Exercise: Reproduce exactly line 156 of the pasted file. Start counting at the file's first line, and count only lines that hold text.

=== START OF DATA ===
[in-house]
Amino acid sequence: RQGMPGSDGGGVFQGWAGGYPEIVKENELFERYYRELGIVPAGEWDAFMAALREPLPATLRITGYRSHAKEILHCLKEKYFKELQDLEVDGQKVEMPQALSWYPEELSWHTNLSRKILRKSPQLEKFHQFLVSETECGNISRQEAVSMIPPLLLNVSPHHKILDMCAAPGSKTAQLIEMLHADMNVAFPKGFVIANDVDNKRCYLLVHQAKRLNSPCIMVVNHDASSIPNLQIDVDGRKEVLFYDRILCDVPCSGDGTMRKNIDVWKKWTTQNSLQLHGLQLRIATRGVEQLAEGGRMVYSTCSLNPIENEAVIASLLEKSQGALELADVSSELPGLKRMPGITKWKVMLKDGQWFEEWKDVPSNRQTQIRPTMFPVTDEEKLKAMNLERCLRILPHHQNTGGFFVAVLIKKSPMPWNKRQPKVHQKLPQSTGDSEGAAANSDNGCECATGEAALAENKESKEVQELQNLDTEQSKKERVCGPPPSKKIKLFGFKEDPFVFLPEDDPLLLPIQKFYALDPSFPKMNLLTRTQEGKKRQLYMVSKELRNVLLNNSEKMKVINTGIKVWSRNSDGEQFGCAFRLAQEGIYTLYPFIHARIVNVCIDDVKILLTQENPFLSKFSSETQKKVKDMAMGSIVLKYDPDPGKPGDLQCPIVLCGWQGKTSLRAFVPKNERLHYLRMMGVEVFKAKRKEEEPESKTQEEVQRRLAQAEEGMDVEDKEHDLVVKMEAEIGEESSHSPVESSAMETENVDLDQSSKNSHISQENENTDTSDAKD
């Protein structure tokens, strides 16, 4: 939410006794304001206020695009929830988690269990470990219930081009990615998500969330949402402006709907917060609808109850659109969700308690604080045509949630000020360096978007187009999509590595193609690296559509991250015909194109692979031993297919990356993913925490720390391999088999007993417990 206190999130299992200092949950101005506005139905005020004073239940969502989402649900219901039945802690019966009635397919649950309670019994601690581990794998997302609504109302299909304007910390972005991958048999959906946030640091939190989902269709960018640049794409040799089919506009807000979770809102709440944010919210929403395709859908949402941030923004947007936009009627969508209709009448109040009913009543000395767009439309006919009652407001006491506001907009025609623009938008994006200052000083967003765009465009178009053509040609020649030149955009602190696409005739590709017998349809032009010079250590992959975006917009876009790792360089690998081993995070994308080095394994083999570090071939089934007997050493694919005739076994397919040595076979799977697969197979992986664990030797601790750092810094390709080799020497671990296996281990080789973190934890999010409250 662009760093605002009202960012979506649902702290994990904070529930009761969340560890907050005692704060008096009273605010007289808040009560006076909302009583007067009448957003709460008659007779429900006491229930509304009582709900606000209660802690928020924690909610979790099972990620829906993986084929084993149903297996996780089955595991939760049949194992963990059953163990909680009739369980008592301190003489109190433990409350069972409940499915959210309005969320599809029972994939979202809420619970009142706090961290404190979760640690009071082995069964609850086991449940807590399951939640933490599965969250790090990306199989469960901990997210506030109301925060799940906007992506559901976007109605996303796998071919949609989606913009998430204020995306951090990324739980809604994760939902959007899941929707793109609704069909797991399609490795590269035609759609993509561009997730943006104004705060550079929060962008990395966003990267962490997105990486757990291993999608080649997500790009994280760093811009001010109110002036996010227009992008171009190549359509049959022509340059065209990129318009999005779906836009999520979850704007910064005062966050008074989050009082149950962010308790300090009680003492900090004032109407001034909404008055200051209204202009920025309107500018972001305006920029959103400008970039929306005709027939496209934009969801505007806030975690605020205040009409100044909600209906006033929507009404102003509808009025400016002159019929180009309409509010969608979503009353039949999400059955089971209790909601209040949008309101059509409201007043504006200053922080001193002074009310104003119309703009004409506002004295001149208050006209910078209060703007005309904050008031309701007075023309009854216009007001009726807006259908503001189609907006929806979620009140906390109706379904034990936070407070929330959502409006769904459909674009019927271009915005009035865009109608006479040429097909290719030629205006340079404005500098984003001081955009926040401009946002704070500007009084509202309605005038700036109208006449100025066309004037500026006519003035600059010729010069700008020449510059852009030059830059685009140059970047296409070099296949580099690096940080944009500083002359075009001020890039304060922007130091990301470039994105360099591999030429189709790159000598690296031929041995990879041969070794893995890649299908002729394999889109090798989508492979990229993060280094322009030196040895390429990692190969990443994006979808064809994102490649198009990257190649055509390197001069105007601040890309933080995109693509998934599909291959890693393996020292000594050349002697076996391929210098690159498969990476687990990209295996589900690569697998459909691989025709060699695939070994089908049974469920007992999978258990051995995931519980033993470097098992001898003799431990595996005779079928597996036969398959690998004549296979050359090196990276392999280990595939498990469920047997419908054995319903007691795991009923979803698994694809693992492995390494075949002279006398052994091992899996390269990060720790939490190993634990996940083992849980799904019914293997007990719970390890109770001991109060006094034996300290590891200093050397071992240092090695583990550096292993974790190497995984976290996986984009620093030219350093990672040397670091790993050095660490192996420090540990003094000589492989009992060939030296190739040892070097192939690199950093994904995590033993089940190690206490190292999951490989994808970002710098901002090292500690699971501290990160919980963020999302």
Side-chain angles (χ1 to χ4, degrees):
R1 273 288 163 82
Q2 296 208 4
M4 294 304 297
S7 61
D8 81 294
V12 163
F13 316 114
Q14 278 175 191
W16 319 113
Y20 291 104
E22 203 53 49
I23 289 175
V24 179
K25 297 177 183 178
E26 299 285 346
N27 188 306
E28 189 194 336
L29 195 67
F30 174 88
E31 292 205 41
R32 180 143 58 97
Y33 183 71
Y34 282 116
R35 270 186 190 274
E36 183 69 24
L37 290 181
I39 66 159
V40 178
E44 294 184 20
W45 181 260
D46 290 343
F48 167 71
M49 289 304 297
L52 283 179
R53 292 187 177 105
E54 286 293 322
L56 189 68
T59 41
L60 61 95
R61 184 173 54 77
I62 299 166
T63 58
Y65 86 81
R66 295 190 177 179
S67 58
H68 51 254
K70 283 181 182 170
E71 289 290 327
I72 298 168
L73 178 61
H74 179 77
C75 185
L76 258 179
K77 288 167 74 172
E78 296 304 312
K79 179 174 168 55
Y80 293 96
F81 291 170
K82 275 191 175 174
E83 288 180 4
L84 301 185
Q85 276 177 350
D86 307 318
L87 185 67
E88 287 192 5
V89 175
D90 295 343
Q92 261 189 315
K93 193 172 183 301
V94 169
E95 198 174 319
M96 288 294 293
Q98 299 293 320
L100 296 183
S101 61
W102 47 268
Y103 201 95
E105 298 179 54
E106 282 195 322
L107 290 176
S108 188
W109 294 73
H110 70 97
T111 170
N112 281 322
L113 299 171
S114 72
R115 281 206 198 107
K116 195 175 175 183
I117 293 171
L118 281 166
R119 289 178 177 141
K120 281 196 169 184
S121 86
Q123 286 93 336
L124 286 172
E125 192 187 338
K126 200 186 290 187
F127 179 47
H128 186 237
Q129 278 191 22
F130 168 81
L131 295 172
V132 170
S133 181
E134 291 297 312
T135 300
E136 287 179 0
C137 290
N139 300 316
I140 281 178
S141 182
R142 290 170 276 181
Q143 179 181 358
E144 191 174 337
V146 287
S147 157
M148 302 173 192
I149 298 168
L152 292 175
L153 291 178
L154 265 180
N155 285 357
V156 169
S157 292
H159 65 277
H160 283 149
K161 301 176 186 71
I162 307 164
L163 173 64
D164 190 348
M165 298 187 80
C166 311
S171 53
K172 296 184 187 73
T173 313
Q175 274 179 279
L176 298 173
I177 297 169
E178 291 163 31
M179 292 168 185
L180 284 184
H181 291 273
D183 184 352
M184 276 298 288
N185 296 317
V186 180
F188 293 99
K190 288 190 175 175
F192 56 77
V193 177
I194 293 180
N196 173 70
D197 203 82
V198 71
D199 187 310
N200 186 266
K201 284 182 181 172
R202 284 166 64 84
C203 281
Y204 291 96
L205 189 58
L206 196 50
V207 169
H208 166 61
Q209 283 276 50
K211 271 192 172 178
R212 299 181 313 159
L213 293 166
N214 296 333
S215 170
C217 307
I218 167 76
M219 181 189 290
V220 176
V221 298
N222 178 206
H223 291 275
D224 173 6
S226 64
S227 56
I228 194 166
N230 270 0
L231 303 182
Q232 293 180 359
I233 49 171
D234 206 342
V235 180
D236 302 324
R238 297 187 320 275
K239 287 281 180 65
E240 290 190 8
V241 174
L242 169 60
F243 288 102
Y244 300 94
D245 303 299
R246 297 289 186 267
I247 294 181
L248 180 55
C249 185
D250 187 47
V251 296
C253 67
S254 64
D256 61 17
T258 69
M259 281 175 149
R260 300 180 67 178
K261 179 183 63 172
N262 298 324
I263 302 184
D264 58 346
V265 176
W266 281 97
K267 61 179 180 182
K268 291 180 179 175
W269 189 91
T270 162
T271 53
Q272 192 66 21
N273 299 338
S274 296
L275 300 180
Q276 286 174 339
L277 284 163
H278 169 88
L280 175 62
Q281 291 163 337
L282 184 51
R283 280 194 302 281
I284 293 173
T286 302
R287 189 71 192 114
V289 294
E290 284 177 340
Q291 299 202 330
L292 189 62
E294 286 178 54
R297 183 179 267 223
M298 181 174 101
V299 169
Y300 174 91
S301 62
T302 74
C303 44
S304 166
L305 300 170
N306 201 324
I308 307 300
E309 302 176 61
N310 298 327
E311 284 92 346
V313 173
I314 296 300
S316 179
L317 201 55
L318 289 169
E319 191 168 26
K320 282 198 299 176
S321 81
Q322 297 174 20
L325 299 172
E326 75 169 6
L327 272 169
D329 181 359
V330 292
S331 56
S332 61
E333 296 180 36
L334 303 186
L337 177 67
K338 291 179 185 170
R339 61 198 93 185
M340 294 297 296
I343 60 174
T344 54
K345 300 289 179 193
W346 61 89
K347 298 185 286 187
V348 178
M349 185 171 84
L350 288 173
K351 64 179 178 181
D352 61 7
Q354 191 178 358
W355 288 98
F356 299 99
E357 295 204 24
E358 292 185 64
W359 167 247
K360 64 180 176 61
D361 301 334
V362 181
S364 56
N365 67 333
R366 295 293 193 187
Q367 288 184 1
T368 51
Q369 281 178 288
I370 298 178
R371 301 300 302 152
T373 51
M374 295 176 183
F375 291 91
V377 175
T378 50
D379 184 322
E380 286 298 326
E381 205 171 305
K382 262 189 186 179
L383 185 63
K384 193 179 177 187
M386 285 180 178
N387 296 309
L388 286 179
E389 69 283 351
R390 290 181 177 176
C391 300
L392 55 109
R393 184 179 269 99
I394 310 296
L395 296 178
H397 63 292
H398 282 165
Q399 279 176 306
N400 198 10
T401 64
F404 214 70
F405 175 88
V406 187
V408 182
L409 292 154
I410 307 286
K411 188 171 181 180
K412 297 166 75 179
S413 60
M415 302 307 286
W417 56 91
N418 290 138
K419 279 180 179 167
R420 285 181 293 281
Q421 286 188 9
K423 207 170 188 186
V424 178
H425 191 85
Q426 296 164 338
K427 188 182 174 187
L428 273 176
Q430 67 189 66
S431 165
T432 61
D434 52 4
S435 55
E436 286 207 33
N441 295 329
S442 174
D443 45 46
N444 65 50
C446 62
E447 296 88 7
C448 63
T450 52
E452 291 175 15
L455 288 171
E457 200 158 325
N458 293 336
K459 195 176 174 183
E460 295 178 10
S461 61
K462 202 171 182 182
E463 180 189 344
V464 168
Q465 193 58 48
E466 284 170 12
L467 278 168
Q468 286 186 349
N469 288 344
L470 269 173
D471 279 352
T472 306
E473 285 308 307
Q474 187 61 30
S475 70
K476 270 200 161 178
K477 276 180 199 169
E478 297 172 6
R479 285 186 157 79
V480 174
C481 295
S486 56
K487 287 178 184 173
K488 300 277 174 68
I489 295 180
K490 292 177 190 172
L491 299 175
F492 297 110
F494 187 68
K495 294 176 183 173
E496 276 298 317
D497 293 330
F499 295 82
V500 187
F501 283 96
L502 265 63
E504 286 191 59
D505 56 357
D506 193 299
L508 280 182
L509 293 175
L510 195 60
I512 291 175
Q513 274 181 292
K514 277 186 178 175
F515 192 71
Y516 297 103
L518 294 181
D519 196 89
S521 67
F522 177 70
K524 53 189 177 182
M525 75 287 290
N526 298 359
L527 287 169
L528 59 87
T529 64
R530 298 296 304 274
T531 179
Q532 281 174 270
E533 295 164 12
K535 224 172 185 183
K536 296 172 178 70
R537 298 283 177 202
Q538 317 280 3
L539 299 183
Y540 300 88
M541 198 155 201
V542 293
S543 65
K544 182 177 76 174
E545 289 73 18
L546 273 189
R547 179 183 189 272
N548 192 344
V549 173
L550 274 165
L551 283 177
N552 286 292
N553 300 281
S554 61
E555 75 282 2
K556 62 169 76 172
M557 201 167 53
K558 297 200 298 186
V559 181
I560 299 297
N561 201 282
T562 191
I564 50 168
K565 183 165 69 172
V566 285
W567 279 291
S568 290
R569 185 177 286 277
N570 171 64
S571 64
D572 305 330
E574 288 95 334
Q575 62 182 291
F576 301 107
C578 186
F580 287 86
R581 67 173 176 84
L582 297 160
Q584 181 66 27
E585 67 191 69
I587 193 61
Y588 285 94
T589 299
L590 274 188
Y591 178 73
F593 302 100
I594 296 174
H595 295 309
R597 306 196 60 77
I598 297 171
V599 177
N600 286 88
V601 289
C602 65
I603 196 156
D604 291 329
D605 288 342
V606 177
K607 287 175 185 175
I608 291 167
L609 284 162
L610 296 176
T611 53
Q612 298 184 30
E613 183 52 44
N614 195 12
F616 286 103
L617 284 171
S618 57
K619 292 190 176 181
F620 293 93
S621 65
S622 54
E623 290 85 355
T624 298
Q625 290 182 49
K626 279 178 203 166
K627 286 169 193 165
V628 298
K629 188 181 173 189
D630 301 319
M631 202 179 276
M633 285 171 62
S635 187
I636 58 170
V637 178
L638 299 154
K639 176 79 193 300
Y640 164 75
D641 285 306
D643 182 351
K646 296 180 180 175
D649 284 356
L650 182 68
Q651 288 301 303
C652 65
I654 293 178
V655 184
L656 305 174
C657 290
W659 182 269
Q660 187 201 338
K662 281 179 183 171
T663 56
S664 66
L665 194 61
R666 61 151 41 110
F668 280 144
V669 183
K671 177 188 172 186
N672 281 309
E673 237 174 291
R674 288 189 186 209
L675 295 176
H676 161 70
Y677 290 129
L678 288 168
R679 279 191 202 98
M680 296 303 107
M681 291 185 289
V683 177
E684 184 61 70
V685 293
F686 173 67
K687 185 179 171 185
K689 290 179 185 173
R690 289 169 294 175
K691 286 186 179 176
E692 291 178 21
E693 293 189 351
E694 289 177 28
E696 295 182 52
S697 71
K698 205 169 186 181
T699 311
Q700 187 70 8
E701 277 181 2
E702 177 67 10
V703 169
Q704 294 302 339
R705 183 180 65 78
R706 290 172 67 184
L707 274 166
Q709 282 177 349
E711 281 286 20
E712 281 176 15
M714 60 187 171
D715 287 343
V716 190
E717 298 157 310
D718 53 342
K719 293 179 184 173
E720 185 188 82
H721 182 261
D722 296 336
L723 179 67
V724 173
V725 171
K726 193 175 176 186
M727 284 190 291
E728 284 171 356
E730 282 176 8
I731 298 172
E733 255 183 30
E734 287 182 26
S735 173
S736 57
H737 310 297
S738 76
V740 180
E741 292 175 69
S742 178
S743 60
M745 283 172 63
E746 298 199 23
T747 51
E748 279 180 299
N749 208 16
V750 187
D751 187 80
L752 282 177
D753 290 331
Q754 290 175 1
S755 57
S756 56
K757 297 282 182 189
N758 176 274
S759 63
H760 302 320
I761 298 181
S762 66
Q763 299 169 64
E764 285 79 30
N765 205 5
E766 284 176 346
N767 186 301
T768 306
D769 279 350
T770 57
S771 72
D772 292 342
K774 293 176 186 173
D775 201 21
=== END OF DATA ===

I194 293 180